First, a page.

Penn State enters the Big Ten Championship in Ann Arbor, Michigan, with nine wrestlers seeded in the top five of their weight classes — the most of any team at the tournament.
With the lofty expectations, here’s a look at how each Nittany Lion could fare during this weekend’s festivities.
Penn State’s Gary Steen slots in at No. 10 in the Big Ten at 125, an interestingly high rank considering his record this season.
The redshirt freshman is 6-12 overall on the season and is 1-5 in Big Ten bouts this year. His lone win came against Michigan State’s Tristan Lujan, the tournament’s 12th seed, in sudden victory.
The Big Ten earned a total of nine automatic qualifier spots for nationals at 125, and Steen likely has to finish in that top nine this weekend if he wants any chance at qualifying for nationals.
Steen is the only unranked Penn State wrestler in the InterMat rankings, and he hasn’t been ranked all season long. The Nittany Lions would love nothing more than to accomplish the rare feat of sending all 10 wrestlers to nationals, and that all hinges on Steen’s performance in the Big Ten Tournament.
Steen’s 10th slot matches him up with Maryland's Braxton Brown, ranked No. 15 in the nation by InterMat, in the first round. The two wrestled in early February, where Brown narrowly avoided the upset with a 1-0 decision.
Steen looks to get revenge against Brown on the biggest stage of his career. A loss would send Steen to the consolation bracket, where he would likely have to win at least three matches to finish in the coveted top eight places.
The Big Ten only has eight NCAA automatic qualifier spots at 125, as a wrestler who initially earned one of those spots dropped out of the tournament due to injury.
Steen’s path to nationals is going to be a tough one indeed, but March wrestling was never intended to be easy.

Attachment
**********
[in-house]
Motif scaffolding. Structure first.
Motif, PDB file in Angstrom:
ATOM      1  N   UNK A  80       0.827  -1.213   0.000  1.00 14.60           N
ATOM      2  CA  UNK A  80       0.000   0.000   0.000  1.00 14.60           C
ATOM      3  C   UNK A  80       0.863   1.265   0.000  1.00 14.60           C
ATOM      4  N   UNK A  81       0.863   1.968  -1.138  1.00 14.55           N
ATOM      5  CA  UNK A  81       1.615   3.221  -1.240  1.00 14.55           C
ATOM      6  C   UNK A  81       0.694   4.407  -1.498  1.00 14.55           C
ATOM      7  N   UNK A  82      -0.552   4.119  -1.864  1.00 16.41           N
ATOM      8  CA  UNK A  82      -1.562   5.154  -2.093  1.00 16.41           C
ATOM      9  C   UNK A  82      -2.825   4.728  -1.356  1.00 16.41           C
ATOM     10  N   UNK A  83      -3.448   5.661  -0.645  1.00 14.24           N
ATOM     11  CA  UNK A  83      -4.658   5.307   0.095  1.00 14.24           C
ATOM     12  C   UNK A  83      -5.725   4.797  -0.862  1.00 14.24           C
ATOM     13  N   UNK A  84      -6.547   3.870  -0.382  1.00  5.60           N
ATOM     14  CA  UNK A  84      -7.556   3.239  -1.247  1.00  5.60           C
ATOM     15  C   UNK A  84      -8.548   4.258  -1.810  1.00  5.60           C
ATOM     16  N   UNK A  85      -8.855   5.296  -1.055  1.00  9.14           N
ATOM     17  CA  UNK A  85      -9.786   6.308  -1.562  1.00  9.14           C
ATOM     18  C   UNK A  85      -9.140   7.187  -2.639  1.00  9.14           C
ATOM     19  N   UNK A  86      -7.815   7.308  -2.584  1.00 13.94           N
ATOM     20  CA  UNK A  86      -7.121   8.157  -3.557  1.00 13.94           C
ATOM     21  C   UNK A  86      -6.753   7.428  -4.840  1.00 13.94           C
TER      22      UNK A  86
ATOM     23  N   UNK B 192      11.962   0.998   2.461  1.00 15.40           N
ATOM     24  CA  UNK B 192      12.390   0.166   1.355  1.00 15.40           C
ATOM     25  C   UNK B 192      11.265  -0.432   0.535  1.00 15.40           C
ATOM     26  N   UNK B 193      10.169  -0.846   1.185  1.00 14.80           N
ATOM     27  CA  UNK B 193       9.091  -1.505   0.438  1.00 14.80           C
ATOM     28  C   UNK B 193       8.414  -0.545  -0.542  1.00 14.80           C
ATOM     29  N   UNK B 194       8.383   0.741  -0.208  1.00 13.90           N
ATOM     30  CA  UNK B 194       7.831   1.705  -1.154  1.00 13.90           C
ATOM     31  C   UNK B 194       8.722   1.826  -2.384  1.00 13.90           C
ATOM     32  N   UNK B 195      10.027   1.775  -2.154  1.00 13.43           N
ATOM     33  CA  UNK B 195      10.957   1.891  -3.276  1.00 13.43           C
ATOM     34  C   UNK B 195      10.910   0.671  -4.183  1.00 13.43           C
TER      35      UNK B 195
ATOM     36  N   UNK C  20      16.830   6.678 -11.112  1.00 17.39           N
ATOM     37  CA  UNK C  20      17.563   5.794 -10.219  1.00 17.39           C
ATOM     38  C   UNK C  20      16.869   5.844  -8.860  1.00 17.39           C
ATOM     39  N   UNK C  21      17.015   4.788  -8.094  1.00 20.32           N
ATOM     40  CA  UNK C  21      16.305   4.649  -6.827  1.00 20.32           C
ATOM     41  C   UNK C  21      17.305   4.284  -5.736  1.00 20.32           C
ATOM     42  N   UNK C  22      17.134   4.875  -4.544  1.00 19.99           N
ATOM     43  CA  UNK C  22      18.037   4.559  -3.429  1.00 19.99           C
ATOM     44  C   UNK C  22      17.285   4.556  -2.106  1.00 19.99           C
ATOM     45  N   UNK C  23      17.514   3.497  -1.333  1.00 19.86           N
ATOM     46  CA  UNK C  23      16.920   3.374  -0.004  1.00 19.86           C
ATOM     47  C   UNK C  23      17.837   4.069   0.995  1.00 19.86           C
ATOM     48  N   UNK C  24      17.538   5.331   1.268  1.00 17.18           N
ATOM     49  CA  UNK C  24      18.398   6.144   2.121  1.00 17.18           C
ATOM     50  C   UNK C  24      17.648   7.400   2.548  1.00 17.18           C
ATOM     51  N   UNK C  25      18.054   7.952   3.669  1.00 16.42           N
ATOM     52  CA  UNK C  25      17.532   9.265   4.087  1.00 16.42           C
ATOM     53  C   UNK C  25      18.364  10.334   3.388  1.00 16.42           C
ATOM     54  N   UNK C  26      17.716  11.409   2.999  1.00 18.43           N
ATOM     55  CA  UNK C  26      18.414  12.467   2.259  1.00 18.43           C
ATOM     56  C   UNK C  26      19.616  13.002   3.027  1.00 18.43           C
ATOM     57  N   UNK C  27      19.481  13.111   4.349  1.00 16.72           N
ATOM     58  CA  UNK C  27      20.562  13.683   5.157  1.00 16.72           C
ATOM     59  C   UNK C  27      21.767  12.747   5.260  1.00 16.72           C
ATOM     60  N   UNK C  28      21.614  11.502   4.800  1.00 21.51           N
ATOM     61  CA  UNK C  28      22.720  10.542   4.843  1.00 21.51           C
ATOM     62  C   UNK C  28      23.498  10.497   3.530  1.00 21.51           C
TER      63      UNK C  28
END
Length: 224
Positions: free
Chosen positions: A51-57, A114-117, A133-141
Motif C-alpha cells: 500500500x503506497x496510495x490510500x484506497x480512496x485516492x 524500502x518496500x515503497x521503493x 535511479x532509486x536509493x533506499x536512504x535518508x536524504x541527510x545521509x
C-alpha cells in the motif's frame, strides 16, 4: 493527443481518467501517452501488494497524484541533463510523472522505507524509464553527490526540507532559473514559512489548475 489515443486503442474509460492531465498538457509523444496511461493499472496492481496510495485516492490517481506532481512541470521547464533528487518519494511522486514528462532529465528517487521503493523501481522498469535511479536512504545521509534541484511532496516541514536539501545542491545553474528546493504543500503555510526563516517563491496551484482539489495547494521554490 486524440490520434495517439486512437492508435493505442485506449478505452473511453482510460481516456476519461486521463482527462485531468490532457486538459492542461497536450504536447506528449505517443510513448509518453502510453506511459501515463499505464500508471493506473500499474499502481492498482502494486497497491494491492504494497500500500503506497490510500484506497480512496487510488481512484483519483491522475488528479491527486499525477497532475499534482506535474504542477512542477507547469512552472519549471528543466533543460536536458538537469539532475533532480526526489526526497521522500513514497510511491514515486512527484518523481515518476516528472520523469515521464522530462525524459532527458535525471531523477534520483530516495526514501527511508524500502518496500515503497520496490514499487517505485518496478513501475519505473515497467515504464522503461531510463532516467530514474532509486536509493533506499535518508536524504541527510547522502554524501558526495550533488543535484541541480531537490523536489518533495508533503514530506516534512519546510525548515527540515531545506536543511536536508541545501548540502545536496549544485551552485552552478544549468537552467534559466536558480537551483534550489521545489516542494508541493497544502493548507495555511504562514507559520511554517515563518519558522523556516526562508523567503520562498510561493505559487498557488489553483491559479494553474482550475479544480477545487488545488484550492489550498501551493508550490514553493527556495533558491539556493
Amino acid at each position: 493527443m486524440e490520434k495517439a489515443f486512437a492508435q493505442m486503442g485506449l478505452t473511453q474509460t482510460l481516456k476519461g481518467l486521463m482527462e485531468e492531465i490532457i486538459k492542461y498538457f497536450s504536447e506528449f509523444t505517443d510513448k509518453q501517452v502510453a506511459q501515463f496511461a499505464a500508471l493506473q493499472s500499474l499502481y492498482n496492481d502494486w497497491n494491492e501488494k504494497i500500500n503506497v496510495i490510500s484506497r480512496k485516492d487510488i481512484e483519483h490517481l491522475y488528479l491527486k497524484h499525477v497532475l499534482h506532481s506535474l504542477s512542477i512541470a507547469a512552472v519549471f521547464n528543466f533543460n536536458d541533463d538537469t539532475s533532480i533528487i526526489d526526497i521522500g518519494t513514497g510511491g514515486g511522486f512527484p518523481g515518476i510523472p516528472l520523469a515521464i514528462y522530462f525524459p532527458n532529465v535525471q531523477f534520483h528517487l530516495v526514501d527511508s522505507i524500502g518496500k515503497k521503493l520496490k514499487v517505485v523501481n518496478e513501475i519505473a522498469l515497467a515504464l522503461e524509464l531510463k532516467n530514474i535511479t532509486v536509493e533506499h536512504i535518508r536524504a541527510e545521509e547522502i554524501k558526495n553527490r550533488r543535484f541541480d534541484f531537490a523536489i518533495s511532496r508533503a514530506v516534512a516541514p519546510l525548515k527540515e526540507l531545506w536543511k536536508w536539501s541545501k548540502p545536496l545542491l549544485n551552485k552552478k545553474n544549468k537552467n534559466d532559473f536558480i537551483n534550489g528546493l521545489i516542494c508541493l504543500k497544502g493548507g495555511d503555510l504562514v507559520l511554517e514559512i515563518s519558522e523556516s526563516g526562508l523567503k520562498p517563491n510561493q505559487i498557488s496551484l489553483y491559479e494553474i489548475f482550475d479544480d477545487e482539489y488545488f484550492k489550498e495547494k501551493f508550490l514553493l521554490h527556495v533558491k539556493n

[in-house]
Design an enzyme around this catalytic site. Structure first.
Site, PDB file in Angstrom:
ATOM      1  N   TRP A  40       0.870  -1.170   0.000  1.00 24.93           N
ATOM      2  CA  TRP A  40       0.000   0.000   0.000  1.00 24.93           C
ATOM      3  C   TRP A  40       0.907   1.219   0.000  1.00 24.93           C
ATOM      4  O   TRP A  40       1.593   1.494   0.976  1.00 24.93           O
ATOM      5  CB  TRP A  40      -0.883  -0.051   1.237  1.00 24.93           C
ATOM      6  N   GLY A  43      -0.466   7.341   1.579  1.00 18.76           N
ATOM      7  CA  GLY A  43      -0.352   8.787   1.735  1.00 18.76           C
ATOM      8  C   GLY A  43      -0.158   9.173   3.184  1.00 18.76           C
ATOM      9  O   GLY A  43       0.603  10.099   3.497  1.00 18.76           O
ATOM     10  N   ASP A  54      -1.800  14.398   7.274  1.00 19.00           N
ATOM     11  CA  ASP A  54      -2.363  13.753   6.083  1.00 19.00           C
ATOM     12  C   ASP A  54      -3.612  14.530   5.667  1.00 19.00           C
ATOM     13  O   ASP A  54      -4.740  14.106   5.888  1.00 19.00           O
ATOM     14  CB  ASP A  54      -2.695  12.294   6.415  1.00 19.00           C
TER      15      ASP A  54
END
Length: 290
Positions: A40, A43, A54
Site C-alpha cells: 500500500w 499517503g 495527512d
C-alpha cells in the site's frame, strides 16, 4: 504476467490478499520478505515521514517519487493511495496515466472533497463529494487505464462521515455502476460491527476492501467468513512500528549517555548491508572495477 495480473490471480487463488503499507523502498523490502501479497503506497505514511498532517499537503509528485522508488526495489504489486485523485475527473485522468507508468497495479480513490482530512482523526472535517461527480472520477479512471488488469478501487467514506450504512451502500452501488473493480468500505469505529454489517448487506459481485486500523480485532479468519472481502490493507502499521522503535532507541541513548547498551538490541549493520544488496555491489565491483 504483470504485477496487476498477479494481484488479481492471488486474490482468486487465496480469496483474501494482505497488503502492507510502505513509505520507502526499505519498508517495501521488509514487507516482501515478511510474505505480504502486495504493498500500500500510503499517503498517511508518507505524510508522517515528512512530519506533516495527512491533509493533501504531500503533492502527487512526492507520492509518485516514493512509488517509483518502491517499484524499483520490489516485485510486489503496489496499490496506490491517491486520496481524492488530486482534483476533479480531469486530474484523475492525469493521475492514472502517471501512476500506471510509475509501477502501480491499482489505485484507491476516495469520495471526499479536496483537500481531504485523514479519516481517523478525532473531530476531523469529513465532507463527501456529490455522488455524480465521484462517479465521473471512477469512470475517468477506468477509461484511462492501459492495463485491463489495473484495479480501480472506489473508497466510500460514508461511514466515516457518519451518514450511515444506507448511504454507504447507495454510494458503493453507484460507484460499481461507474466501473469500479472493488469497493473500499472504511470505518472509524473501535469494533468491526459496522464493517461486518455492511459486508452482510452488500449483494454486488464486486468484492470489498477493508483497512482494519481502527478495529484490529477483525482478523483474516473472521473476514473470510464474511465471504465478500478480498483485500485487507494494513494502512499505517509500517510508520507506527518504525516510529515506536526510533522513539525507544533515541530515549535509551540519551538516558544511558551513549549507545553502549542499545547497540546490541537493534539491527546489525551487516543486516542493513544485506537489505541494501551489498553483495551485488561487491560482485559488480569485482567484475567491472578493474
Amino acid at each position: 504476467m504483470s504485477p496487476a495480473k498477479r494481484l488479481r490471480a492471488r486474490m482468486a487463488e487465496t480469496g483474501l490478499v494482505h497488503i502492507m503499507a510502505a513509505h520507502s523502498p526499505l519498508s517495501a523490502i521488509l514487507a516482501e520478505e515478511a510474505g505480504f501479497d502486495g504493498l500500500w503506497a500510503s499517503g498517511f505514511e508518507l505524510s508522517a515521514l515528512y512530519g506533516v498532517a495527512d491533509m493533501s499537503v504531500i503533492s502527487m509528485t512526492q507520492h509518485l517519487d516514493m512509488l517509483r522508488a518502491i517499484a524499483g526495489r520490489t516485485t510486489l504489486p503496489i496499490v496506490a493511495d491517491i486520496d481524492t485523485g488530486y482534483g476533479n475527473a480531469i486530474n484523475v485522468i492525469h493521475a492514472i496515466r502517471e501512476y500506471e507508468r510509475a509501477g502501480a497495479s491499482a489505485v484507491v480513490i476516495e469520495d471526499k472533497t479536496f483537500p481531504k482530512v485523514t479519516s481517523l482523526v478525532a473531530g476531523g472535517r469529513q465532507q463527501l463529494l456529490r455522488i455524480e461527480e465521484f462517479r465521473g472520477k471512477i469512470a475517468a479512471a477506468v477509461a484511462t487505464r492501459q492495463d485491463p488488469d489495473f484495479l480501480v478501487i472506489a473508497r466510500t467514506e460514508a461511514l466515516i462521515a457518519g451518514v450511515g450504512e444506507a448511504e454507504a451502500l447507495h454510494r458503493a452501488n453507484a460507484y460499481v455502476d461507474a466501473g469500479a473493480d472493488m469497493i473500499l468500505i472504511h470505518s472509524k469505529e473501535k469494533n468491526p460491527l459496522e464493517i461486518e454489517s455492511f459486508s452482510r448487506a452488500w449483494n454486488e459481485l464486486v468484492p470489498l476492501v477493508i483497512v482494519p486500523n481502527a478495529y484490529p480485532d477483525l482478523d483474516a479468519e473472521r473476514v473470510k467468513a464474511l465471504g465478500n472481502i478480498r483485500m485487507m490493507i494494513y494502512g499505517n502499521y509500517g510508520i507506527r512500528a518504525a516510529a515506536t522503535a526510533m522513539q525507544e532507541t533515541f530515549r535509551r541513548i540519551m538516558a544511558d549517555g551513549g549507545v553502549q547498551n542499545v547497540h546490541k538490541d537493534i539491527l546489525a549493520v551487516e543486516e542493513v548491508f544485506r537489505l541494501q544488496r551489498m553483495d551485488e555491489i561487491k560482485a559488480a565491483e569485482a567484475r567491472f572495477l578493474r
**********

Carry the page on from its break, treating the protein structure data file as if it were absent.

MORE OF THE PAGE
Roman Bravo-Young is coming into his fourth Big Ten Tournament with two first-place finishes under his belt. Penn State’s beloved “RBY” is riding a 49-match win streak and looks to extend it all the way through the end of his career.
Bravo-Young is not only the No. 1 seed in the Big Ten Tournament, but he’s No. 1 on InterMat’s rankings as well, a spot he’s defended all season long since winning the national championship two years in a row.
Bravo-Young's first opponent this postseason will be either Michigan State’s Rayvon Foley or Iowa’s Brody Teske, who happens to be his former roommate at Penn State. Bravo-Young pinned both wrestlers in back-to-back dual meets this season, so he shouldn’t have much difficulty handling either one.
The second highest ranked wrestler from the Big Ten at 133 pounds is Ohio State’s Jesse Mendez, a freshman ranked No. 8 in the nation that Bravo-Young beat 8-2 earlier this season. Taking that into consideration, the graduate student will be the favorite in his weight class.
Not that Bravo-Young has to worry about it at all, but the Big Ten earned nine automatic qualifier spots at 133, so he has some wiggle room should Cael Sanderson decide to rest him at any point.
Penn State’s No. 4 Beau Bartlett earned the No. 2 seed in the Big Ten Tournament with a 19-1 overall record.